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NASCAR Hall of Fame: Our Picks for the 2018 Class

By David Morgan, NASCAR Editor

As a part of Charlotte race weeks, the NASCAR Hall of Fame voting committee will gather on Wednesday, May 24 to induct five new names into the shrine of the sport’s legends. This year’s class will be the ninth in the history of the Hall of Fame and all 20 of the nominees have one reason or another that they should be inducted.

With 20 nominees, the voting panel has a tough task to condense this year’s class down to five, so like the voting panel will do on Wednesday at the Hall of Fame, the team here at Motorsports Tribune will also take a crack at it and give you our picks for the 2018 NASCAR Hall of Fame class.

David Morgan – NASCAR Editor

Davey Allison – With Allison tragically being killed in a helicopter crash in the prime of his career, we may never know the full extent of how Allison may have changed the record books, but during the nine years that he was in the sport, the Alabama native certainly left a lasting impact. Allison won 19 races over those nine seasons, including the 1992 Daytona 500 and the 1991 Coca-Cola 600, as well as back-to-back five win seasons in those two years. Though Allison never won a championship, coming closest in 1992, there is no doubt that he would have won at least one title had he lived longer.

Buddy Baker – Baker was known for his prowess behind the wheel of his famed black and silver “Gray Ghost” and also was a fantastic voice on television and radio coverage of the sport after his retirement in 1992. Baker was the first to eclipse the 200 mph mark in a stock car when he did so in 1970, and won 19 races in his career, including a win in the Daytona 500, Southern 500, and back to back wins in the World 600 at Charlotte. Baker’s voice has been missed since his passing in August 2015, but hopefully the Hall of Fame voters will see fit to give him a rightful place in this year’s class.

Red Byron – One of NASCAR’s first stars, Byron was there when the sport was in its infancy and saw NASCAR transform before his eyes in the late 1940’s and 1950’s. Byron won two titles in his three year career, the 1948 NASCAR Modified Division championship and the 1949 NASCAR Strictly Stock title. To make Byron’s accomplishments even more impressive, the Alabama native was wounded in World War II, but was able drive with a special brace attached to the clutch pedal to help his injured leg. Though Byron only drove for three years, he was impactful in his short tenure behind the wheel.

Ron Hornaday – The NASCAR Hall of Fame has inductees from various other series other than the Cup Series, but none yet for the NASCAR Camping World Truck Series. It’s time that changes. No one driver has done more for the Truck Series than Hornaday, who was there when the series first came into existence in 1995. With 360 starts in the series over 17 years, Hornaday walked away with 51 wins, 158 top-five finishes, 234 top-10 finishes, 27 poles, 9689 laps led, and four championships. The California native also won four races in the NASCAR Xfinity Series in the early 2000’s.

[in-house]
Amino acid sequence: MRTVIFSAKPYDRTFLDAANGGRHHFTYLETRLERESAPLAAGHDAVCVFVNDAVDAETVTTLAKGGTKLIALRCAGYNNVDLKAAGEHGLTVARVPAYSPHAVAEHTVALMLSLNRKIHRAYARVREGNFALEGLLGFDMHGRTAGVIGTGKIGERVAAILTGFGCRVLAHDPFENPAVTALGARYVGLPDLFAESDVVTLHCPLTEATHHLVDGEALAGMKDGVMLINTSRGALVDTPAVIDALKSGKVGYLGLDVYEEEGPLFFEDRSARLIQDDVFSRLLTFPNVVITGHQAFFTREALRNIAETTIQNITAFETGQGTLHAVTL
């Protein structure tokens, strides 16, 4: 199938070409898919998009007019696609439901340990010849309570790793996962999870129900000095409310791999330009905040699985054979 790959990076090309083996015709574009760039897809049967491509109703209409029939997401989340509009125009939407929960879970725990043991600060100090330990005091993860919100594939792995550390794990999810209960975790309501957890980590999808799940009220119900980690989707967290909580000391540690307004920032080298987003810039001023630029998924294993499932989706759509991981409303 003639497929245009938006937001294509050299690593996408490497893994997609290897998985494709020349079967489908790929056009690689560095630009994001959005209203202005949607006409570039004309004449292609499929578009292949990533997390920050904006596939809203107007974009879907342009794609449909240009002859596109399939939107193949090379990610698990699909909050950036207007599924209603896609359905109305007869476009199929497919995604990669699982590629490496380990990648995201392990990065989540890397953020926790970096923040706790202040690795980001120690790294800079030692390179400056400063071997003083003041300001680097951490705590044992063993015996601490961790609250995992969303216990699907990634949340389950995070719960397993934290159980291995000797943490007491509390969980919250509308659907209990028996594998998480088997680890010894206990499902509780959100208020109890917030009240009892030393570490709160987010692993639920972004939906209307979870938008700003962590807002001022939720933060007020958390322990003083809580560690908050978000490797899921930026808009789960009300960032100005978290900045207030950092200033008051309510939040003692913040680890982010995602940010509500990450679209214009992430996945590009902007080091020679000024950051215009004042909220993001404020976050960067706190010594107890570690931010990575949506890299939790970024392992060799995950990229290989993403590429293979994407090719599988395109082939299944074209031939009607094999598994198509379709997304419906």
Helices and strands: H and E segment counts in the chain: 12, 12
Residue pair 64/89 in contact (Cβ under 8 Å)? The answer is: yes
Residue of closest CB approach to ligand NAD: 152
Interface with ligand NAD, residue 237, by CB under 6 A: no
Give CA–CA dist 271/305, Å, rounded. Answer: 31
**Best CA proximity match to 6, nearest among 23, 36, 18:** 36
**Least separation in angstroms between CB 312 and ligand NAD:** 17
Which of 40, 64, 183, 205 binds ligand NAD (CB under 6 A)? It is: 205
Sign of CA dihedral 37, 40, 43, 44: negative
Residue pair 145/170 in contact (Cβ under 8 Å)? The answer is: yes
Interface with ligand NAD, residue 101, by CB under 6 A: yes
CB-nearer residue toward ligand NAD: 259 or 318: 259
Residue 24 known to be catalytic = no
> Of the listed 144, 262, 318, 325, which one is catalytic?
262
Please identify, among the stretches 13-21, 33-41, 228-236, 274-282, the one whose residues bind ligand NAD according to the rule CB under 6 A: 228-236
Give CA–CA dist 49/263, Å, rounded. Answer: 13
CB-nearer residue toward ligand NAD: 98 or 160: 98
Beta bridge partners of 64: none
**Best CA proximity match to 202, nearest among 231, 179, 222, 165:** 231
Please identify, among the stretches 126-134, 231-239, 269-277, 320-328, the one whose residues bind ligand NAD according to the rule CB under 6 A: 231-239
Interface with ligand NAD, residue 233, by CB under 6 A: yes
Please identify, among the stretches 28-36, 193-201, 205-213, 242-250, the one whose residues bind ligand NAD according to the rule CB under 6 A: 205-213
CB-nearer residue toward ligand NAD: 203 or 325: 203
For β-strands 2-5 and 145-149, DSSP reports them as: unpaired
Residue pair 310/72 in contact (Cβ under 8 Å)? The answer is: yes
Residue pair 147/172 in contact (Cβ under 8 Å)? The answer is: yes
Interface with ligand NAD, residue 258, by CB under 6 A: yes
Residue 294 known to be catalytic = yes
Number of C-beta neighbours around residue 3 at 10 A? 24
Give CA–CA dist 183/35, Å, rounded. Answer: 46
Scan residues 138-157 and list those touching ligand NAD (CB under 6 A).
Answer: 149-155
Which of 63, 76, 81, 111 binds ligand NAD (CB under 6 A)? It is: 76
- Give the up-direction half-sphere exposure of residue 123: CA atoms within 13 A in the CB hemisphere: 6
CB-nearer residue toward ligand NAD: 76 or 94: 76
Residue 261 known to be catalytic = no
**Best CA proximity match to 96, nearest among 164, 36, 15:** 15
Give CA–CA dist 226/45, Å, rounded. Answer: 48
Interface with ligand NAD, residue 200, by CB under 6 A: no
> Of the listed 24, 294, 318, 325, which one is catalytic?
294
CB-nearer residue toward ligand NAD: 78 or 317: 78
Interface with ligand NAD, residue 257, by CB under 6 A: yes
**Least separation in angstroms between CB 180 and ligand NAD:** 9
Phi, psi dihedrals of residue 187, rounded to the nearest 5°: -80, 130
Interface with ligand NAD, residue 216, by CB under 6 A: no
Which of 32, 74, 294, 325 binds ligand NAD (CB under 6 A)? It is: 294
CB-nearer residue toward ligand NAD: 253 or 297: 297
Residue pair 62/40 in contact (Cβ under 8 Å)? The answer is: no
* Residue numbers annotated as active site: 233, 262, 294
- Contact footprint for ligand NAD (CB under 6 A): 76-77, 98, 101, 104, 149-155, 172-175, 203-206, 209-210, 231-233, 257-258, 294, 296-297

Alan Kulwicki – It’s always a great story when the underdog prevails and that is exactly what Kulwicki did in his nine year career. The Wisconsin native burst onto the scene scoring the Rookie of the Year title in 1986 and showing that he could run just as well with his own team against the powerhouse teams of the day. At Phoenix in 1988, Kulwicki won his first race, beating the likes of Terry Labonte, Davey Allison, Bill Elliott, and Rusty Wallace. That race also saw the invention of the “Polish Victory Lap,” when Kulwicki drove around the track backwards in celebration. Four wins later, Kulwicki found himself in contention for the 1992 title, where he would overcome a 278 point deficit in the final six races of the season to win the championship by 10 points over Elliott. In 1993, as Kulwicki was set to defend his title, he perished in a plane crash near Bristol, Tennessee. Though he may be gone, Kulwicki’s legacy lives on to this day.

Frank Santoroski – Staff Writer

Roger Penske – The name Penske is immediately associated with excellence. Not only in racing circles, but in the business world as well. The Captain never takes a half-hearted attempt at anything and his NASCAR operation is now on the elite level. With more than 50 years of contributions to multiple forms of Motorsports, voting for Roger is a no-brainer.

Alan Kulwicki – He made a bold decision to decline a top ride, and control his own destiny. It paid off dividends in the form of a Winston Cup in a season finale at Atlanta that still ranks as one of the greatest title battles of all time. I can only imagine how much more he may have accomplished had fate given him that chance.

Joe Gibbs – Gibbs came into the sport with limited knowledge of auto racing. What he did know how to do was assemble a great team, and keep them highly motivated. Back then, I felt like he was nothing more that a rich guy pursuing a hobby. I was wrong. Joe Gibbs Racing now consistently sets the standard for success.